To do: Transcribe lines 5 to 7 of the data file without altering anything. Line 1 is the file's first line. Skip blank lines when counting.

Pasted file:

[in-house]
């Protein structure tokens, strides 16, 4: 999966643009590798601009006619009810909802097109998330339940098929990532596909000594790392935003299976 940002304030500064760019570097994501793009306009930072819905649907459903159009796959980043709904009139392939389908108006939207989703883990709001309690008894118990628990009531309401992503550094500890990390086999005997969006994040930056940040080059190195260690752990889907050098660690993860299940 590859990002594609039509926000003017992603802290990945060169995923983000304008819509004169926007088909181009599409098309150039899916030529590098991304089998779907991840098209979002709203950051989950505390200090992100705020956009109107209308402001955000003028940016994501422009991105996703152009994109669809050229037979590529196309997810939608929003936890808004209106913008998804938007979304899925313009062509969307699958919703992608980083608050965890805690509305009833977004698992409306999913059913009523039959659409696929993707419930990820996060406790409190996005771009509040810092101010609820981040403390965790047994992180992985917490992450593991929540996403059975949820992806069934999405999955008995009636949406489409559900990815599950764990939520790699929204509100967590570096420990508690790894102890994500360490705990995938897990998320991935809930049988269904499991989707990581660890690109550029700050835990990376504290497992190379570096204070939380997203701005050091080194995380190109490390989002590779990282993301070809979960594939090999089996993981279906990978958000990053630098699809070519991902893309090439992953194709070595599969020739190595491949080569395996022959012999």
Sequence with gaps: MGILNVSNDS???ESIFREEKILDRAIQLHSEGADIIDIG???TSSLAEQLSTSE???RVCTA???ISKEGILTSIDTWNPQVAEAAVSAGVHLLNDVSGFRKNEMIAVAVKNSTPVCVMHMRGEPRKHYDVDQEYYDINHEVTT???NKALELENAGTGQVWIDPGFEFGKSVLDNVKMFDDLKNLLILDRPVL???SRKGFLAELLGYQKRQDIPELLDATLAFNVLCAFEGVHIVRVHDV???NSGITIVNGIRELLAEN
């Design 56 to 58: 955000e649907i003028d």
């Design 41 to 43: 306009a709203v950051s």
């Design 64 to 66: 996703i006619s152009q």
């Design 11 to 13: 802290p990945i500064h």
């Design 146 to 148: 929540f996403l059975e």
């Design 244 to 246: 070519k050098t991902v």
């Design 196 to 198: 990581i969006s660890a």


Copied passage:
């Design 41 to 43: 306009a709203v950051s």
């Design 64 to 66: 996703i006619s152009q």
């Design 11 to 13: 802290p990945i500064h």